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Evaluation of chemical process industries in Sri Lanka: application of five forces model for in-depth analysis of pulp & paper & sugar industry in Sri Lanka

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dc.contributor.advisor Jayawardhana AKW
dc.contributor.advisor De Alwis, AAP
dc.contributor.advisor Jayawardhana, AKW
dc.contributor.advisor De Alwis, AAP Jayarathne, BAMDST Jayarathne, BAMDST 2011-03-07T06:49:27Z 2011-03-07T06:49:27Z 3/7/2011
dc.description.abstract In a national development context industrial sector is a "key sector" of economic development. Of all industry sectors, Chemical Process Industry sector, "the CP 1 sector" plays an important role in manufacturing which is a key area for growth. The sector is highly competitive as it creates a massive business environment with interconnected industries. Rapid growth of modern technology and technology adaptation, rates of Technology Transfer (TT) and Industrial Competitiveness (IC) enhance the competitive environment and differences determine the individual national level competitiveness. The thesis considers the issue of competitiveness in general and the Sri Lankan industry sector in particular. Sri Lanka is looking at rapid industrialisation for its economic progress and industrial sector competitiveness is evaluated in the thesis. After an evaluation of the historical development of the Sri Lankan industry sector, Michel Porter's Five Forces Model of Industrial Competitiveness is used as the analytical model, which evaluates the trend of a particular industry for long-term survival with profitability. The study concentrates on two sectors namely sugar industrial sector and pulp and paper sector. Sugar and paper products are subjected to analysis, which are essential consumer commodities in some context are indicators of the status of the economy (i.e. per capita consumption). It is seen that the local sugar and paper industries have only shown poor progress over the years and slow growth is the basic feature. This is a suitable time to open our eyes to find out "where we stand"? when compared to the level of the other countries in manufacturing sugar and pulp and paper products. Paper and sugar industries have received significant investment on equipment and factories in Sri Lanka since 1940. Current sugar production is 15% of the local demand and paper production was 15,026 MT with 40% capacity utilisation in 1998/1999 with an increased product cost of Rs. Million 98,673. Both industries continue to use technologies, which they have adopted in the beginning without adopting any modifications. Despite a high population in Sri Lanka the demand for locally produced paper products and amount of current production of sugar are insufficient. Processes have been working under low capacities and some factories have already being closed down. With a change of tariff scheme of 10% for paper products, paper pulp and imports of paper products have rapidly grown since 1994 in Sri Lanka creating a highly competitive environment among the importers with significant impacts on both. Michel Porter's theories in industrial competitiveness help to recognise opportunities of competitive advantage in industrial development via relevant competitive strategies to achieve success in economic development. The thesis is focused to highlight the importance of understanding competitive strategy in industrial competitiveness by taking sick industries such as paper and sugar industries as suitable examples. Suitable recommendations to enhance the development of Chemical Processing Industries are explained via data analysis, current industrial development plans. Finally, an analytical frame work for the development of the two industries is proposed. Key Words: Technology Transfer, Industrial Competitiveness, Competitive Strategy. en_US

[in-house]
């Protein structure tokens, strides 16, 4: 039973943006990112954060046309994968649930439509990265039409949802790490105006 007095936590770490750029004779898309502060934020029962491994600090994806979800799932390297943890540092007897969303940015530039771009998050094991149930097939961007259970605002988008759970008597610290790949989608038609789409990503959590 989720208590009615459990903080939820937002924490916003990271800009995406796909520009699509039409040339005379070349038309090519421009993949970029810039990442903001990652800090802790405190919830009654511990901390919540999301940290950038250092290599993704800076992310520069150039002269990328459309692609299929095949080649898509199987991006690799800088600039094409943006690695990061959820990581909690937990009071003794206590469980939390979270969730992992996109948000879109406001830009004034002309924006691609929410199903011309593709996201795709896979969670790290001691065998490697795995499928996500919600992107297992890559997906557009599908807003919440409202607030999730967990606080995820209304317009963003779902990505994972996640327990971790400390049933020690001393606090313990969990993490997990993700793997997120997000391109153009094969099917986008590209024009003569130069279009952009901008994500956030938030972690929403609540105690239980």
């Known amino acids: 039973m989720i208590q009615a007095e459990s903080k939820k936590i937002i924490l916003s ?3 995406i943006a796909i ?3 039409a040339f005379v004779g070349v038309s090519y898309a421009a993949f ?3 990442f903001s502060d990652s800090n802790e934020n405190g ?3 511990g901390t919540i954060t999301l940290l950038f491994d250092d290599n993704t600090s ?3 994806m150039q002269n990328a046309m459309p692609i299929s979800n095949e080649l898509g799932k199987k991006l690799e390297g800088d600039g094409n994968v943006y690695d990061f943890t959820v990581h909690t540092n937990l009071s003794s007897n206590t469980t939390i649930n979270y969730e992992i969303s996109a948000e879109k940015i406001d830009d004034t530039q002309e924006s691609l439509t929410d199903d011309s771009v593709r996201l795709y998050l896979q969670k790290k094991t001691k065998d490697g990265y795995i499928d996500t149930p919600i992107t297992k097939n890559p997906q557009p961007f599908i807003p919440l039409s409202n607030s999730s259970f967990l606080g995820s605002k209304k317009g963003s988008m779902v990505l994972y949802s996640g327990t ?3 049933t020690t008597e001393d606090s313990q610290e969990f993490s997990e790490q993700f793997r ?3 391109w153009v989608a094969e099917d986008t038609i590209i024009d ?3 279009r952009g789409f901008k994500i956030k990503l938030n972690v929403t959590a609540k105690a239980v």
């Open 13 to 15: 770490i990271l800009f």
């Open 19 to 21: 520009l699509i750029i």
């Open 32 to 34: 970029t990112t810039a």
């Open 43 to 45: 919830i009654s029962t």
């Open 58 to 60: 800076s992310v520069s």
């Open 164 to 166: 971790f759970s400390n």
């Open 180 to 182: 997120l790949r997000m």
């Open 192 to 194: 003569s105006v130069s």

dc.format.extent xiv, 132p.: ill., charts, tables, colour photos en_US
dc.language.iso en en_US
dc.subject SUGAR INDUSTRY en_US
dc.title Evaluation of chemical process industries in Sri Lanka: application of five forces model for in-depth analysis of pulp & paper & sugar industry in Sri Lanka en_US
dc.identifier.faculty Engineering en_US MSc en_US
dc.identifier.department Department of Management of Technology en_US 2003-02 2003-02
dc.identifier.accno 77718 en_US

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